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Happy birthday John Ehle! The author’s renowned novel “The Land Breakers” is reprinted

No mere novelist, Asheville-born writer John Ehle is considered “a master of the American language.” Among his 17 books, including both fiction and nonfiction, seven works of historical fiction were set in the Appalachian mountains. From that collection, The Winter People was made into a film of the same name, staring Kurt Russell and Lloyd […]

BETWEEN THE LINES: "It’s really about getting down to the basics of what Dickinson was about,” says Carol Kessler of her one-woman show about the poet. Photo courtesy of Kessler

“Emily Dickinson Unplugged” Chautauqua performance benefits Pan Harmonia

“Presentiment is that long shadow on the lawn / Indicative that suns go down,” wrote Emily Dickinson. “The notice to the startled grass / That darkness is about to pass.” The 19th-century poet lived in Massachusetts and was a prolific writer, but fewer than a dozen of her poems were published while she was living. […]

KNOW HOW: "We’ve all heard — and possibly given — the advice 'Write what you know,'" says Peter Turchi in his new book, A Muse and a Maze. "But that implies that one knows quite enough. … So the better advice might be, 'Know what you write.' And know it as deeply, as comprehensively, as possible. Then acknowledge the remaining mystery." Photo by Dana Kroos

Word problems: Peter Turchi’s book A Muse & a Maze explores the puzzles of writing

It’s been a number of years since Peter Turchi lived in Asheville — he’s now based in Houston — but Western North Carolina still finds its way into his writing. “I tend to write more about places that I’ve left,” says the former director of Warren Wilson College’s MFA program. “The stories that I’m writing […]

SHORE THING: The Canoe revisits the Titanic disaster from two points of view: a widow on board the ocean liner and a teenage boy living near the Chesapeake Bay.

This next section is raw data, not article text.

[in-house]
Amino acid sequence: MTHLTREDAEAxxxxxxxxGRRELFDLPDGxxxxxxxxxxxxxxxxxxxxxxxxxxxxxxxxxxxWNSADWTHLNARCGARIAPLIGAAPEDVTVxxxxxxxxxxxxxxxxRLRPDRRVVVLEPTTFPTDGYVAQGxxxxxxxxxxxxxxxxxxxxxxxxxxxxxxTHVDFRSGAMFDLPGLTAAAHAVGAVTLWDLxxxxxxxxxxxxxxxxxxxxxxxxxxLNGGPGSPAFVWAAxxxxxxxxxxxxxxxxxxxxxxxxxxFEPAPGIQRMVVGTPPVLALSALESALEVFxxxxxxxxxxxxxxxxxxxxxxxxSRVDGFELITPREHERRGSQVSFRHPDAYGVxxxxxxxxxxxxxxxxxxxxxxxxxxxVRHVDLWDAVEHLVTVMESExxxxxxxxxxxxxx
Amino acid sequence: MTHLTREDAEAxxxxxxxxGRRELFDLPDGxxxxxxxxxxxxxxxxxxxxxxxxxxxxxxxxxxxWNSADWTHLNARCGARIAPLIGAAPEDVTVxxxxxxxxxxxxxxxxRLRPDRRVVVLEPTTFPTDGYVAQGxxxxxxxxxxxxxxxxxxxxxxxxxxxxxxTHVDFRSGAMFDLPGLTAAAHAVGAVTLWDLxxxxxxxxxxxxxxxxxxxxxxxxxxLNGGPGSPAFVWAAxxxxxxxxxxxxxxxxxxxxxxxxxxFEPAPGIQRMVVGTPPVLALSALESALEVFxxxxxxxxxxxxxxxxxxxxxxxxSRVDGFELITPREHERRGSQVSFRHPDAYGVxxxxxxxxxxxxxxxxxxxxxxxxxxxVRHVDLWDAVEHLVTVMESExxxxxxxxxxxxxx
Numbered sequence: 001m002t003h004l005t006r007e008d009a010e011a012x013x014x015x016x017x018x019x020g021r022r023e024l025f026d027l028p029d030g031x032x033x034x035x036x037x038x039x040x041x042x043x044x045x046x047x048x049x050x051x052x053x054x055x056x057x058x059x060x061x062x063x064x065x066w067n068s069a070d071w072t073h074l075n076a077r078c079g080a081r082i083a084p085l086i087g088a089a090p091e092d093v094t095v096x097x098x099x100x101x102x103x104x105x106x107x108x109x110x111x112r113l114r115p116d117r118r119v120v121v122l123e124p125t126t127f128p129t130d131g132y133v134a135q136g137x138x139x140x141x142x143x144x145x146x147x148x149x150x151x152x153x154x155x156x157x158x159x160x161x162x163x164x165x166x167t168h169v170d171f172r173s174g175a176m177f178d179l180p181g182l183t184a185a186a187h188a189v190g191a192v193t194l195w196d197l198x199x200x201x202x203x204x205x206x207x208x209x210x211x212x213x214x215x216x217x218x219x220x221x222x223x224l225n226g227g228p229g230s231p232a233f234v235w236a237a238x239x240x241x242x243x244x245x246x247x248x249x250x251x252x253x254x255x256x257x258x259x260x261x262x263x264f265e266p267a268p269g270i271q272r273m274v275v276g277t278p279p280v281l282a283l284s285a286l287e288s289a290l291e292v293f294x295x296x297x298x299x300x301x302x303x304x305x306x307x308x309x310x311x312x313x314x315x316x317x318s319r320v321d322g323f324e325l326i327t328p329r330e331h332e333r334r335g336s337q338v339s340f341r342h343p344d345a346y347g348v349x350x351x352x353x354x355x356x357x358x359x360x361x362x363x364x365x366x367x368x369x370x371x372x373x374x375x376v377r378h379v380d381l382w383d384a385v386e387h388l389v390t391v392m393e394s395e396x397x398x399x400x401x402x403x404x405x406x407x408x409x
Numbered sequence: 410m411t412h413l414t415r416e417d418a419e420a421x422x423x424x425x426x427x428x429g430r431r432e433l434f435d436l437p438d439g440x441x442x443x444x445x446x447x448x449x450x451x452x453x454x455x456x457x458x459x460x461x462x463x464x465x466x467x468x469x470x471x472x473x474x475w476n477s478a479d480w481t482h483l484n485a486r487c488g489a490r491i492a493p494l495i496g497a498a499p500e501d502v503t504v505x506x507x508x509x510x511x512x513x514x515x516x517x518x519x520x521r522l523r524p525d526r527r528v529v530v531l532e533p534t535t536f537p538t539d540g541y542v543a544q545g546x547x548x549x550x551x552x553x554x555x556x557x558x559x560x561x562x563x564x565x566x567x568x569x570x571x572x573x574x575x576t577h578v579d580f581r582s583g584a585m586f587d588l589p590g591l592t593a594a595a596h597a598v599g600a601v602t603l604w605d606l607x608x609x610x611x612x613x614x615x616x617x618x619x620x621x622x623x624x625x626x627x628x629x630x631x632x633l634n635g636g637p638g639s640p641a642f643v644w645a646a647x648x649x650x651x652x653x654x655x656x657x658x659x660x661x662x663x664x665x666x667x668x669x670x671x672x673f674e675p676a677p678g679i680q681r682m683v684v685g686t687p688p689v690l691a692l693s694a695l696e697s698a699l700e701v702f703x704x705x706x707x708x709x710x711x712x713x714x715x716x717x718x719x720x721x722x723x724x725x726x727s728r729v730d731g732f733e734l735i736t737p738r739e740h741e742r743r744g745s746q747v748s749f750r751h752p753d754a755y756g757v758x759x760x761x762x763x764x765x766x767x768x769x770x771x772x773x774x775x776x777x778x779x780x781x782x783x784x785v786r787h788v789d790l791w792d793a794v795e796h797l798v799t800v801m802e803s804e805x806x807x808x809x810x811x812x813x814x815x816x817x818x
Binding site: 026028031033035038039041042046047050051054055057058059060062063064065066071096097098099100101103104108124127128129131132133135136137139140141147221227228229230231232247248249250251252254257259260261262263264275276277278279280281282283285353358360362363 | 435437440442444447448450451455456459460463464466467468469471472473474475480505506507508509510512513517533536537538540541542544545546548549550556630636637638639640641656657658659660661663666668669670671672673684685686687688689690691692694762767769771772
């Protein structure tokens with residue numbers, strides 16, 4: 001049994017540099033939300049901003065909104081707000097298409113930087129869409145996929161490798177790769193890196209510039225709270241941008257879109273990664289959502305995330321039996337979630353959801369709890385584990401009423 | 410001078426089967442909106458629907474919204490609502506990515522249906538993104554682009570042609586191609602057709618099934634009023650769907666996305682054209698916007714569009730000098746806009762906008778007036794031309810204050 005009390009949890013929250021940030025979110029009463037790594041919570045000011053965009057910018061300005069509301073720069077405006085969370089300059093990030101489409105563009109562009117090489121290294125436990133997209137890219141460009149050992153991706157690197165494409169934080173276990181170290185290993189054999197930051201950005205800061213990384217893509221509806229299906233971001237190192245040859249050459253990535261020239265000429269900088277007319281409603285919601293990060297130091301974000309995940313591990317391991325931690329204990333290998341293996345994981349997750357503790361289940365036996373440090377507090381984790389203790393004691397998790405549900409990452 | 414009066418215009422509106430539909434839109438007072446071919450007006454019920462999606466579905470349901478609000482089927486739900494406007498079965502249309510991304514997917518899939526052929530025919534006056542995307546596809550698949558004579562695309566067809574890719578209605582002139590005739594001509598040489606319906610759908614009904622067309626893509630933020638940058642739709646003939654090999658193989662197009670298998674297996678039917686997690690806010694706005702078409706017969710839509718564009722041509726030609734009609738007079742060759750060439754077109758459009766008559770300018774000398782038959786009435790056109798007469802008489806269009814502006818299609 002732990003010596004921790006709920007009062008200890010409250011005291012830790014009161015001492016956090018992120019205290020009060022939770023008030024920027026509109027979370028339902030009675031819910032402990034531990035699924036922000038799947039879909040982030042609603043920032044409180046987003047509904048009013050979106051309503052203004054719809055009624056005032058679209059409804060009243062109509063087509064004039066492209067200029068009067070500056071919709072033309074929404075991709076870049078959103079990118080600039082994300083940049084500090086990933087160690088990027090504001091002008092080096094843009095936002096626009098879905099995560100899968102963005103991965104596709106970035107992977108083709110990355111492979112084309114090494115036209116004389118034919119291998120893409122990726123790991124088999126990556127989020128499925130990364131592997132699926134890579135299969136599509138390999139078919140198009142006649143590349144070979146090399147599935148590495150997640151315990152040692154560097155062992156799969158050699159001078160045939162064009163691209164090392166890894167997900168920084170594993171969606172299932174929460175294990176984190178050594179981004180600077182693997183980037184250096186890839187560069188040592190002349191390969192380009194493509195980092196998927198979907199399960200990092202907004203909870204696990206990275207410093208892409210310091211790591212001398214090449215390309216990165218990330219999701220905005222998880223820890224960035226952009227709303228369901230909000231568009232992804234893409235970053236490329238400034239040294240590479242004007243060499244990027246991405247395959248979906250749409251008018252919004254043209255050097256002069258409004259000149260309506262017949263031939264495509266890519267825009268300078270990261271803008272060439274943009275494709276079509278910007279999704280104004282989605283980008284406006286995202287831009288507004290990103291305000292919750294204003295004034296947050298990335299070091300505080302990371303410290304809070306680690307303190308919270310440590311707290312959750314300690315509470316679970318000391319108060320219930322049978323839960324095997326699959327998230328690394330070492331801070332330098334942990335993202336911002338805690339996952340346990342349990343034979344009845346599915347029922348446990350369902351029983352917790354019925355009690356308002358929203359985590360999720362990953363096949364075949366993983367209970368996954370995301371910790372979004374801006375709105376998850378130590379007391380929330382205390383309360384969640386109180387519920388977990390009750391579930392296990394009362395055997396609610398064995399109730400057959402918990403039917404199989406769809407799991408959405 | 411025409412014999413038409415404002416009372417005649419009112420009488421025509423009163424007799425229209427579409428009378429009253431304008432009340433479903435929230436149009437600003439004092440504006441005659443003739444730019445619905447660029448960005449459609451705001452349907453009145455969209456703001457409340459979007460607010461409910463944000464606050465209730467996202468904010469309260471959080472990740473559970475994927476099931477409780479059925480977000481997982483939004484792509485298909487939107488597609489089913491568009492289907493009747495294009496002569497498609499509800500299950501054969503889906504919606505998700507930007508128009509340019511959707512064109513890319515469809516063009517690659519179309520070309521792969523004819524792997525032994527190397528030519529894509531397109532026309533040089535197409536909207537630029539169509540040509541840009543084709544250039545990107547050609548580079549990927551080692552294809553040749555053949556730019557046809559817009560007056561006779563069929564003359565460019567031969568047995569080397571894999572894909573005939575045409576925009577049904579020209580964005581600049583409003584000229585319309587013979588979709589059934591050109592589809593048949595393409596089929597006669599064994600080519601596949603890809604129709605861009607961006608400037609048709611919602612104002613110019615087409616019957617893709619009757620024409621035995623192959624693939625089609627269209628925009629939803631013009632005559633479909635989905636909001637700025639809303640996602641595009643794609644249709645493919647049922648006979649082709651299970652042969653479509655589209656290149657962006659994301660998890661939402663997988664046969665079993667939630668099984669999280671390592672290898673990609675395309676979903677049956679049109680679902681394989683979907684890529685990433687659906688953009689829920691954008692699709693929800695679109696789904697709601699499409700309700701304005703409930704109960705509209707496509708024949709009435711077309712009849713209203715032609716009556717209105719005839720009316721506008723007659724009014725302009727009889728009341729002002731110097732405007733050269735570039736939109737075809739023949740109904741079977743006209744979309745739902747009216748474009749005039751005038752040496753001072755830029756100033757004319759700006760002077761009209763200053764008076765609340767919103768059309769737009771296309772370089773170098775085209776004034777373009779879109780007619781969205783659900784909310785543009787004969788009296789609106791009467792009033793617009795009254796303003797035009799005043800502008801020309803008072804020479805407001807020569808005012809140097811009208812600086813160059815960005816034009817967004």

Michelle Baker publishes non-traditional novel The Canoe

Local author Michelle Baker writes poems that sometimes reach 15 or 20 pages in length. But when one hit the 40-page mark, “I thought, ‘This isn’t going to stop anytime soon,’” she says. That poem grew and morphed and eventually became The Canoe, a novel that weaves together two lives touched by the sinking of the Titanic in 1912. Baker gives a reading and signing at Malaprop’s on Saturday, Nov. 15

GENEAOLOGY OF A SONG: From left, Wayfaring Stranger authors Doug Orr and Fiona Ritchie interview the late folk musician Pete Seeger. Photo by Darcy Orr

Wayfaring Strangers traces the evolution of Appalachian music

When Fiona Ritchie (the presenter of NPR’s long-running program, “The Thistle and the Shamrock”) first came to North Carolina, “people heard my accent and they’d say, ‘Oh, I’m Scots-Irish,’” she remembers. “I was confused. I thought they meant one parent was Scottish and one was Irish. It took me a wee while to realize this […]

NATURAL SELECTIONS: WNC-based authors (clockwise from top left) Kathryn Stripling Byer, Wayne Caldwell, Catherine Reid and Thomas Rain Crow speak about setting prose and poetry in wild places. Byer's photo by Corinna Byer, other photos courtesy of the authors

In quotes: Creative Perspectives on Wilderness writers panel

Six writers participated in a panel on Friday night as the final installment in the three-part Within the Lines: Creative Perspectives on Wilderness. The exhibit and monthly panel discussions, held at HandMade in America’s offices, celebrated the 50th anniversary of the Wilderness Act. Friday’s discussion seemed especially poignant as the recent election put a number […]

NATURAL SELECTIONS: WNC-based authors (clockwise from top left) Kathryn Stripling Byer, Wayne Caldwell, Catherine Reid and Thomas Rain Crow speak about setting prose and poetry in wild places. Byer's photo by Corinna Byer, other photos courtesy of the authors

Regional writers panel celebrates the 50th anniversary of the Wilderness Act

Southern writing evokes a certain set of expectations, from Flannery O’Connor’s “Christ-haunted” prose to Gail Godwin’s glimpses into shifting society. But when talking about North Carolina writers, there’s one theme that returns again and again: place. From Charles Frazier’s Cold Mountain and Robert Morgan’s Gap Creek to Ron Rash’s Serena and Vicki Lane’s A Day […]